If you think the uber-competitive cloud computing market is hot right now, you haven’t seen anything yet.
That’s the prediction from one of the cloud industry’s leading pundits. Lydia Leong tracks the cloud market for Gartner and recently authored the IaaS Magic Quadrant, in which she found that Amazon Web Services is by far the market-share leader, with five times the amount of use than all its other competitors. That caused some in the industry, like Bernard Golden, director of enterprise solutions at Dell’s Enstratius, to ask, “why hasn’t a credible competitor emerged to challenge AWS??”
[THE CHALLENGERS: 10 Challengers who could take on Amazon in the cloud]
In a post on her personal blog, Leong responded:
“I think there’s a critical shift happening in the market right now. Three very dangerous competitors are just now entering the market — Microsoft, Google, and VMware. I think the real war for market share is just beginning.”
Amazon got a head start on all the competitors and then built up a massive engineering team to quickly develop software to create differentiating features in its cloud. It has focused on building products and services that customers will actually use, which has allowed the company to keep its lead in the cloud market.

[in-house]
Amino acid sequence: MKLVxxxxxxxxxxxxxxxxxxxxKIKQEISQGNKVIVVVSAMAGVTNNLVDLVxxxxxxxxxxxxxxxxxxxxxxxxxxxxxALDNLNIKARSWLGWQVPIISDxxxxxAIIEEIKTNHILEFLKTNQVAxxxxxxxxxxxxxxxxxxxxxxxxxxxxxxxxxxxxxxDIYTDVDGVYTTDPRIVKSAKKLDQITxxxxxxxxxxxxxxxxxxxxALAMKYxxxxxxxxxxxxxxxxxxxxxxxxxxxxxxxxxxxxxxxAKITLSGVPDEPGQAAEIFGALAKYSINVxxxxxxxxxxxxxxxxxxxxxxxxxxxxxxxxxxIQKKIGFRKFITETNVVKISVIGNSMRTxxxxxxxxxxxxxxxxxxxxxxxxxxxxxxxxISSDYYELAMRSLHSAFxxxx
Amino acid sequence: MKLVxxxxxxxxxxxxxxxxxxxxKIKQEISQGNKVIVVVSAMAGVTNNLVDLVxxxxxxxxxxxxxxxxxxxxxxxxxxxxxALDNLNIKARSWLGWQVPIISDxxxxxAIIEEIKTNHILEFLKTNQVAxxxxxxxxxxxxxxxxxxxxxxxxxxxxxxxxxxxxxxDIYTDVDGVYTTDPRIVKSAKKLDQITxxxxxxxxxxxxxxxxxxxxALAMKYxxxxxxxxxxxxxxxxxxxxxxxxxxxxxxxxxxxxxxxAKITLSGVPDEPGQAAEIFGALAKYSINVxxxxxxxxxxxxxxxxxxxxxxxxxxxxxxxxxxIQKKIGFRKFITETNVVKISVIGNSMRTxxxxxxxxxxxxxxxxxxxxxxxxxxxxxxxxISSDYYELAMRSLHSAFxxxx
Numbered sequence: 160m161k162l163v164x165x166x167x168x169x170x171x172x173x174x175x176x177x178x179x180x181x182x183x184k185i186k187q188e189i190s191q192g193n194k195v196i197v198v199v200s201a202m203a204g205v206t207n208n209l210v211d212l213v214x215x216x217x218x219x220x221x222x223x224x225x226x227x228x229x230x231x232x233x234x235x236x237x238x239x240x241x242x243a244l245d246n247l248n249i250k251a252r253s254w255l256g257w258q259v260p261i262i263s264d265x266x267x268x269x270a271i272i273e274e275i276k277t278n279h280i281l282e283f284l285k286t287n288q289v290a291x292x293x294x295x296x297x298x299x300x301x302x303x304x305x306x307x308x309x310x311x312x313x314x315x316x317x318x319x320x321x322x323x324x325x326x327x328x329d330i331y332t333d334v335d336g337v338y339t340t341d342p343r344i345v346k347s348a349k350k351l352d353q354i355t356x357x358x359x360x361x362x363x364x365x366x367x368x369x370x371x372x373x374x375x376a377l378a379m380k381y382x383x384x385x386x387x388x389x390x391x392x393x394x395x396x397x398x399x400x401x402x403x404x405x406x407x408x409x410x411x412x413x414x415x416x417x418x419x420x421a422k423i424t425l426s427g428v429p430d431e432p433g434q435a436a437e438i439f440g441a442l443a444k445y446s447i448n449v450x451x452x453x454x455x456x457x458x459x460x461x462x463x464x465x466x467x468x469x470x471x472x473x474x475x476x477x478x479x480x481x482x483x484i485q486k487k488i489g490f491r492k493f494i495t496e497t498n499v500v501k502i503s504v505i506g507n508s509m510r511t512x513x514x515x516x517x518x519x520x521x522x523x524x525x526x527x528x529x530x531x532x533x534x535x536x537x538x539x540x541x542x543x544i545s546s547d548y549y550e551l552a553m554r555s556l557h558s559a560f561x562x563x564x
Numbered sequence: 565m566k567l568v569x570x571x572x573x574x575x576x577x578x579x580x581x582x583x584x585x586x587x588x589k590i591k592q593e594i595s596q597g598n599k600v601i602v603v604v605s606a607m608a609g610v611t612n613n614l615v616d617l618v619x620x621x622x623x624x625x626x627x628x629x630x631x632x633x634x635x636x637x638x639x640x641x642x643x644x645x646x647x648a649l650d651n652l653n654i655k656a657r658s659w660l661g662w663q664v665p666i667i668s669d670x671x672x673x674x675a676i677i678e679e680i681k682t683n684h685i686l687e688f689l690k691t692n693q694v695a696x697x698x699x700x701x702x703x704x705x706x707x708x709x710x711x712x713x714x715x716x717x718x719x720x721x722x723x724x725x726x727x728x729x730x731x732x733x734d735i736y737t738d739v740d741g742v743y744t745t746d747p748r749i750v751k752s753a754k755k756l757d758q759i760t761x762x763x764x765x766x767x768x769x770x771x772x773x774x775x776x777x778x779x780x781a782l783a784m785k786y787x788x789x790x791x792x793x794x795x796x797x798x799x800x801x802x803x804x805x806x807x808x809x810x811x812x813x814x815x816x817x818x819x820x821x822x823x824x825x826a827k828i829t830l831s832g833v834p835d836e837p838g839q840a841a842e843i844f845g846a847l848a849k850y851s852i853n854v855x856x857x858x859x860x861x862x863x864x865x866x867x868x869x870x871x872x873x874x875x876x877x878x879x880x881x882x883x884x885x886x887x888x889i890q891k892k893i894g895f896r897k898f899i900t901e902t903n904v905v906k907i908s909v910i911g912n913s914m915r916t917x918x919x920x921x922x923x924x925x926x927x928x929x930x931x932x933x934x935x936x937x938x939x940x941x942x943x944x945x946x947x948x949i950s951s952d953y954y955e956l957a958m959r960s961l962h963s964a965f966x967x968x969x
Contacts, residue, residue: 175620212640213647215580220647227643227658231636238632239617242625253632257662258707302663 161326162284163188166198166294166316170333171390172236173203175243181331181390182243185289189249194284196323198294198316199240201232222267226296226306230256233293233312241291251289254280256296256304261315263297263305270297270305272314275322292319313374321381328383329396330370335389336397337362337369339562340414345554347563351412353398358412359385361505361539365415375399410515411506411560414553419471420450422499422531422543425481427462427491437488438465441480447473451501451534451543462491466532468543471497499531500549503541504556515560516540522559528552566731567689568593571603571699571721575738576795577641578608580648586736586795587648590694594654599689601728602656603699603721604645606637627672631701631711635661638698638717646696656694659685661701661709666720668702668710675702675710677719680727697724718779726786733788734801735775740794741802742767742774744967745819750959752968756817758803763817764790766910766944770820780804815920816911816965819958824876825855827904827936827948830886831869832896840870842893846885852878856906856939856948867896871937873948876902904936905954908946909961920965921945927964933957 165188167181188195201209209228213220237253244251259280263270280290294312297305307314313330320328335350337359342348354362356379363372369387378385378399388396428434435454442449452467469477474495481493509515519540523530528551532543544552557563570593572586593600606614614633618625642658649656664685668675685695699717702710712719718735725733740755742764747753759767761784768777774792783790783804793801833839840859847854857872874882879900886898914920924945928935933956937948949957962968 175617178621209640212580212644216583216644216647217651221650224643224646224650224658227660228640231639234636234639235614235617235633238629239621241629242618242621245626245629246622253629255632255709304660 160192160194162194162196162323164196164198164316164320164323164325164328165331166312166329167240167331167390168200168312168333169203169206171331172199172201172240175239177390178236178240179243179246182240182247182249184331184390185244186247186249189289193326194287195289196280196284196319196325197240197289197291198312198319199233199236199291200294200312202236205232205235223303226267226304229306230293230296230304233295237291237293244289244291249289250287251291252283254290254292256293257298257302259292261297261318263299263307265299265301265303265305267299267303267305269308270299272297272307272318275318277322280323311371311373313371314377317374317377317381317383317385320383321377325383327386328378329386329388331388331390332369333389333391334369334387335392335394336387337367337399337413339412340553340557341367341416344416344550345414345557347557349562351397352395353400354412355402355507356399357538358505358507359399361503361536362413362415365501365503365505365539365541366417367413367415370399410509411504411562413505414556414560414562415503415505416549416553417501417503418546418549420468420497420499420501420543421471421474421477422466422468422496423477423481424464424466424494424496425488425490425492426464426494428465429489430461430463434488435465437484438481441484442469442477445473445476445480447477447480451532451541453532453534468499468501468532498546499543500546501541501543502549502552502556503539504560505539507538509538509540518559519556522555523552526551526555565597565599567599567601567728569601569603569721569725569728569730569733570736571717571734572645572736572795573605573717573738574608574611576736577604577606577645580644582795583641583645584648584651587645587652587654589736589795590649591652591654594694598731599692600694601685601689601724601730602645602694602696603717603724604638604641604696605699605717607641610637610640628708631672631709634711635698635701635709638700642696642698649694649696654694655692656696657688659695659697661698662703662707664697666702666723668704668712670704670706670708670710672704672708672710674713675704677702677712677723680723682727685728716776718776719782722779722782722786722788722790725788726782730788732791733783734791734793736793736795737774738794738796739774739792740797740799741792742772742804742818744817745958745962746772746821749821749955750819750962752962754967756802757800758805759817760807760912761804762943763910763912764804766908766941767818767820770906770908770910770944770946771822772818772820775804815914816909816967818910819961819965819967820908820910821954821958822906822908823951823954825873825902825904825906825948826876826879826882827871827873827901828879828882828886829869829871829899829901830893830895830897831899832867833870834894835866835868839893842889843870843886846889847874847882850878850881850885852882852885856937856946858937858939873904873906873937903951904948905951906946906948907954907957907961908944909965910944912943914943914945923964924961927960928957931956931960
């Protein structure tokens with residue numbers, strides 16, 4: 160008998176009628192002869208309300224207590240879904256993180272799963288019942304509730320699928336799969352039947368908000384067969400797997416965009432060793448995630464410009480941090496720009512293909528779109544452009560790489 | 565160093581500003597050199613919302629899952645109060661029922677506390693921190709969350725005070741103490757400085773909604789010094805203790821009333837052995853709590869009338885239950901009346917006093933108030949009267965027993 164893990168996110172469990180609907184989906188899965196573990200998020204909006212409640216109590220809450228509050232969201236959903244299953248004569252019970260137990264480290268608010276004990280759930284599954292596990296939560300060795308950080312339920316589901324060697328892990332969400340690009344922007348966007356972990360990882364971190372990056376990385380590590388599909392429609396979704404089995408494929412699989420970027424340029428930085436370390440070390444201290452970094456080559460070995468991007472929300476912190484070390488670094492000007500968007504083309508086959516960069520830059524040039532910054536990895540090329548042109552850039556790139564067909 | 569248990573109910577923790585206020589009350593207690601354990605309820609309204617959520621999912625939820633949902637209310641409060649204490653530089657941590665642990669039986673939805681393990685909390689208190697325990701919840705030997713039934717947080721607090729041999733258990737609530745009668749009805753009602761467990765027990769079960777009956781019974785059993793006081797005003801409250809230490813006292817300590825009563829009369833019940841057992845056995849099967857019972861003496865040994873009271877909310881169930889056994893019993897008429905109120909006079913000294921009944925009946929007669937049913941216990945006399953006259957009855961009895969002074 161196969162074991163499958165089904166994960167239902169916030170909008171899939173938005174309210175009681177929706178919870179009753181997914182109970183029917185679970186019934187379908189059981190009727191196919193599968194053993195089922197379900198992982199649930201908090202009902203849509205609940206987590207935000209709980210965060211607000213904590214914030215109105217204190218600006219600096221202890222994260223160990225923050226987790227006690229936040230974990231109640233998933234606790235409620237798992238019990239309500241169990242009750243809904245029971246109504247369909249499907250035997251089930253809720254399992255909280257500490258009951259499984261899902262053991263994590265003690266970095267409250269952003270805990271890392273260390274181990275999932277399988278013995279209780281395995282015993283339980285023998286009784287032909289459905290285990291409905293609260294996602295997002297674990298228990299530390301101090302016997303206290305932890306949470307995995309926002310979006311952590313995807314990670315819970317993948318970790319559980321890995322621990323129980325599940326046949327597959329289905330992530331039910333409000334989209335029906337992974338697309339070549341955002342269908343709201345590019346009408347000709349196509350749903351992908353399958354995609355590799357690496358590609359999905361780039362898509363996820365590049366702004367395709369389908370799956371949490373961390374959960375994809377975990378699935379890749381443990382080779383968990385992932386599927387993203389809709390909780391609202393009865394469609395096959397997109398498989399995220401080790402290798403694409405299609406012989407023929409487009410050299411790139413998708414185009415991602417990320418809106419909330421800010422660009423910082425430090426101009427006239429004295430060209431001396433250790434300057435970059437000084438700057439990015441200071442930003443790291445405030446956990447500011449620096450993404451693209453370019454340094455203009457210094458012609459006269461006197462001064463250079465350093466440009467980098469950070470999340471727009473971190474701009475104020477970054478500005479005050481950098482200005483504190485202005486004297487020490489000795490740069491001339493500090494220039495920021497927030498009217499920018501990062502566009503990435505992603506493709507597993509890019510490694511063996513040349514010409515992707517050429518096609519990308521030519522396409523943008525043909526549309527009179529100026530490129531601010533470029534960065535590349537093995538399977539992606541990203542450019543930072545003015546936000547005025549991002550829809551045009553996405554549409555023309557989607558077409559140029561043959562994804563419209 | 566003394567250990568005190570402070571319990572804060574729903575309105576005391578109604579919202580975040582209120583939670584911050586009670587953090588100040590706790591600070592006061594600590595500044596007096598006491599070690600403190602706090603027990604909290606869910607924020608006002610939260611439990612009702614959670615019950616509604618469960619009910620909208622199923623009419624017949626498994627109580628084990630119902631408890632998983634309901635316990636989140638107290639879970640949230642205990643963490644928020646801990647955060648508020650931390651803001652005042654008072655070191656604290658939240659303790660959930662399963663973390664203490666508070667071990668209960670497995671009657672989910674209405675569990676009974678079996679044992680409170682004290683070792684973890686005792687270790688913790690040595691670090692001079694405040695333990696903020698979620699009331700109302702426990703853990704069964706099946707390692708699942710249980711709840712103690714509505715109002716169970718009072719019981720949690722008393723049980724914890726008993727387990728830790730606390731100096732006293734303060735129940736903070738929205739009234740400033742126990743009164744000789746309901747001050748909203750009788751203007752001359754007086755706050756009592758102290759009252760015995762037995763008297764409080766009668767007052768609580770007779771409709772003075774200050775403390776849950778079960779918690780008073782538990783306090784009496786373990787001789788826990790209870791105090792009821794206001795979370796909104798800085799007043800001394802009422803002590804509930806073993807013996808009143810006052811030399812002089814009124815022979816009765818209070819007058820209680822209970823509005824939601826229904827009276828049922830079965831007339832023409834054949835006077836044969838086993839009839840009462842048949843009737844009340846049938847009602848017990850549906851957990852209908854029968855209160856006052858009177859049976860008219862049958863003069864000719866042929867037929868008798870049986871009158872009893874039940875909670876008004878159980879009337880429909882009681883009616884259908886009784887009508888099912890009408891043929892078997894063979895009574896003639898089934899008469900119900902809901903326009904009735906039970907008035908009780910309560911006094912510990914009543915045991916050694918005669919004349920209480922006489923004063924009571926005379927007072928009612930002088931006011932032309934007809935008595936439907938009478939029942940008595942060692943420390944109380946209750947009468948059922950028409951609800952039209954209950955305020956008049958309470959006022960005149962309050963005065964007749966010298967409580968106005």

But while AWS has a strong lead, these three other vendors (Microsoft, Google and VMware) are catching up. Each have strong brand name presence to launch a market challenge to AWS, Leong notes. Microsoft has the cash and standing within the enterprise market to compete in the cloud, but its biggest strength, which is offering customers products that are all within the Microsoft ecosystem, could also be its greatest downfall. Google has the engineering talent to out-innovate anyone in the tech market, Leong notes, but it will struggle to position itself as a true enterprise-company (a stigma AWS has been fighting as well). VMware, meanwhile, has a strong hybrid cloud play and respect in the enterprise market, but has a tough balancing act to play with its service provider partners.
“If I were to place my bets, it would be on those four at the top of market share, five years from now,” Leong wrote. “They know that this is a software business. They know that innovative capabilities are vitally necessary. And they know that this has turned into a market fixated on developer productivity and business benefits. At least for now, that view is dominating the actual spending in this market.”